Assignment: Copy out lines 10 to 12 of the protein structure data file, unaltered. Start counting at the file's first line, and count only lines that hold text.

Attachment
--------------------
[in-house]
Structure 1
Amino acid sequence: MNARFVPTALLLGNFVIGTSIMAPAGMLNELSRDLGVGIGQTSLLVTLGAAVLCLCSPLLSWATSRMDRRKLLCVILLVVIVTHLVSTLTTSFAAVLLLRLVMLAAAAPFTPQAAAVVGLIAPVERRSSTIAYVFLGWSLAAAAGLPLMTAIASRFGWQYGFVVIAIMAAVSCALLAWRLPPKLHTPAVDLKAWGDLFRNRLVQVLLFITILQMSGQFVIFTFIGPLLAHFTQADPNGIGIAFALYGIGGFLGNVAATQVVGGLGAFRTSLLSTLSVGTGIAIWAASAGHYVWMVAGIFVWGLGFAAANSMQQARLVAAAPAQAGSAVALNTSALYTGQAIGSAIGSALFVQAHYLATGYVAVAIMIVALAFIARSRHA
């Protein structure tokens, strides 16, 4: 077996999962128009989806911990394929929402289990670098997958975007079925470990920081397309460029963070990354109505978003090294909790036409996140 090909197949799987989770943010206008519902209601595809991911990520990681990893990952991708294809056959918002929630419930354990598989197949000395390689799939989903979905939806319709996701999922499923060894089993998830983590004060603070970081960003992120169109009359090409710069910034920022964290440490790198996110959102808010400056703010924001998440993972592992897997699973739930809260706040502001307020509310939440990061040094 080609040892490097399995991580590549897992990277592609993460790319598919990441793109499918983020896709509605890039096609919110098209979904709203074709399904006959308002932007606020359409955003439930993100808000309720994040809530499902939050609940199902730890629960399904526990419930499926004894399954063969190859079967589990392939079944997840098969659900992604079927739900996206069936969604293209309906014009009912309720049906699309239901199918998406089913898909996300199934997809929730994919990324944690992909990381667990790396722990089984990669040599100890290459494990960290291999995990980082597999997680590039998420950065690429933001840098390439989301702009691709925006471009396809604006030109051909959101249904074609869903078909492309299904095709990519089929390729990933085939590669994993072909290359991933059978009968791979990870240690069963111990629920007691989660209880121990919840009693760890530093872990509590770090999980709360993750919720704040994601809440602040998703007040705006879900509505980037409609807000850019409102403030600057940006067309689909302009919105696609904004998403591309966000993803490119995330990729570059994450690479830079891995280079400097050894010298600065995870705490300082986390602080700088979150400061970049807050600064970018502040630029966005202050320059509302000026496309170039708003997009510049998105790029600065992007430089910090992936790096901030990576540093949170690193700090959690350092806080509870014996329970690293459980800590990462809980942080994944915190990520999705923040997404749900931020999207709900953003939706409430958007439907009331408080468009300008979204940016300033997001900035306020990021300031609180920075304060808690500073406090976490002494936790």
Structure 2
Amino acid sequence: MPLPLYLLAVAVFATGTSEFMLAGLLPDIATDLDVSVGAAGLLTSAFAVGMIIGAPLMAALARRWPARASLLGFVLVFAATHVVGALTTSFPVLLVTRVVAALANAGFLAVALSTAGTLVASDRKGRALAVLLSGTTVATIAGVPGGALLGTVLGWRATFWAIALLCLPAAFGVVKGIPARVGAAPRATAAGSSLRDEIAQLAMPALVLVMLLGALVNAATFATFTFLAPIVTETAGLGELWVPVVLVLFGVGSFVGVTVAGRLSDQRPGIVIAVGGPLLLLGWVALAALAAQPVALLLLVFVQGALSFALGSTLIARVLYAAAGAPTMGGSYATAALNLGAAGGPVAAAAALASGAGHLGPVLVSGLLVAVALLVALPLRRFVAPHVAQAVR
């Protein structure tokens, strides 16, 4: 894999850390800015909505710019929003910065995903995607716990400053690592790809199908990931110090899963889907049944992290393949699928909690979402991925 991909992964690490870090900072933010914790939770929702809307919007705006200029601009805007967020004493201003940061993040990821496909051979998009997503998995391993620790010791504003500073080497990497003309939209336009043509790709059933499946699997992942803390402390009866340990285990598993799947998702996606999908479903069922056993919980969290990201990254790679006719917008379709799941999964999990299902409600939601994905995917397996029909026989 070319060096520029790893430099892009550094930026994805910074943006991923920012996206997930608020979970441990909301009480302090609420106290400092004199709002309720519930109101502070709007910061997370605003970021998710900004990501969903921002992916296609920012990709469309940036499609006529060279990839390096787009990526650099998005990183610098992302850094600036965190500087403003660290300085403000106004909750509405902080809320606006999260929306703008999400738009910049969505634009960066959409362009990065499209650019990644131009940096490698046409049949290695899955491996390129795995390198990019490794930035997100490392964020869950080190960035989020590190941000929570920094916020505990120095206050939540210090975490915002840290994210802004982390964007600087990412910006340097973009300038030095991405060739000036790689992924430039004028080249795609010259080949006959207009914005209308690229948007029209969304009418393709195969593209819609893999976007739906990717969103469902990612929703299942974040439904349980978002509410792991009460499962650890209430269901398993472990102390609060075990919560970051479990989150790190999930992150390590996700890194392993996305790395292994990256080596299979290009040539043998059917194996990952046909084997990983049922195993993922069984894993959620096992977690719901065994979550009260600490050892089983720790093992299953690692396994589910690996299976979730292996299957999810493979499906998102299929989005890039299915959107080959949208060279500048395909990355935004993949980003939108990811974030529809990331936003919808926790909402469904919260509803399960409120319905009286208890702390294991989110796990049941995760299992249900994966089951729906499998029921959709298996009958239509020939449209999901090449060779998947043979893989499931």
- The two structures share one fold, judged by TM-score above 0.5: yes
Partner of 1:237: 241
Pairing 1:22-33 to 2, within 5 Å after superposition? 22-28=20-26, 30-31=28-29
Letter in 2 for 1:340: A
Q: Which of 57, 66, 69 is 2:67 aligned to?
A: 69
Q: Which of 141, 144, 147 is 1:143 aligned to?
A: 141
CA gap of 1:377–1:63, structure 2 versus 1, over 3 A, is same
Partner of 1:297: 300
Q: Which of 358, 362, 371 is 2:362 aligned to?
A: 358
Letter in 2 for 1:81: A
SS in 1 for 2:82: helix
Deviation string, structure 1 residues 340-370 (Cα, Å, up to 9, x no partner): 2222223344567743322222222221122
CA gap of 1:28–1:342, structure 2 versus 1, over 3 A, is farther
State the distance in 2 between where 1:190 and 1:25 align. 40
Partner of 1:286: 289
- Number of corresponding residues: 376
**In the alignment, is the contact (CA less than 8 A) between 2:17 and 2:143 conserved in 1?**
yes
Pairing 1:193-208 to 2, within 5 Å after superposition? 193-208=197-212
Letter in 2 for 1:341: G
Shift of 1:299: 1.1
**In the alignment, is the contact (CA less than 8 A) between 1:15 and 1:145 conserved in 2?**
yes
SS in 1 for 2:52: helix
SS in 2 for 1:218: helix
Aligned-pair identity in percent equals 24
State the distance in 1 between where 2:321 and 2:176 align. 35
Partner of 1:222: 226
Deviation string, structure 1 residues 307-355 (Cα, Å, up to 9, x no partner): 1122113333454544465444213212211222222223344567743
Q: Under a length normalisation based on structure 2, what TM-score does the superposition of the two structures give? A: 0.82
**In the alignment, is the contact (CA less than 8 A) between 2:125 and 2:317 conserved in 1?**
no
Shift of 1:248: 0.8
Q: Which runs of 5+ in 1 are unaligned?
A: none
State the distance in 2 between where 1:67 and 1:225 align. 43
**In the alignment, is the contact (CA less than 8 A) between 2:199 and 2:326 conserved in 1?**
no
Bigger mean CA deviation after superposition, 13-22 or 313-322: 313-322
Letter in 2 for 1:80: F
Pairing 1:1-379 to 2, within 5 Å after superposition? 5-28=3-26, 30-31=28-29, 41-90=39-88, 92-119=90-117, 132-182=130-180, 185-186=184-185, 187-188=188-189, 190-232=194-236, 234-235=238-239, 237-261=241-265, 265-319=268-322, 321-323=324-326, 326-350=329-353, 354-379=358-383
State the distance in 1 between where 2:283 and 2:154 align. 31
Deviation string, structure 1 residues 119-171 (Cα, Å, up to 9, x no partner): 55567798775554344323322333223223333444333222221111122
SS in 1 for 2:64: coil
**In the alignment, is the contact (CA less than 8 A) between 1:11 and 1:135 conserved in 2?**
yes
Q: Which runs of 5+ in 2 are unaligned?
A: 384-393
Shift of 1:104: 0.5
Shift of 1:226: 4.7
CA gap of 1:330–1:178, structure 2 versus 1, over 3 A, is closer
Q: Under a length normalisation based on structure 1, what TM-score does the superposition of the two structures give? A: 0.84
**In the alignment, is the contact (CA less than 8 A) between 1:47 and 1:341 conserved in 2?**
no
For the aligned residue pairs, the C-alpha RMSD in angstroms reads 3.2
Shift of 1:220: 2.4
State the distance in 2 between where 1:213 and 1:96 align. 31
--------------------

Pairing 1:22-33 to 2, within 5 Å after superposition? 22-28=20-26, 30-31=28-29
Letter in 2 for 1:340: A
Q: Which of 57, 66, 69 is 2:67 aligned to?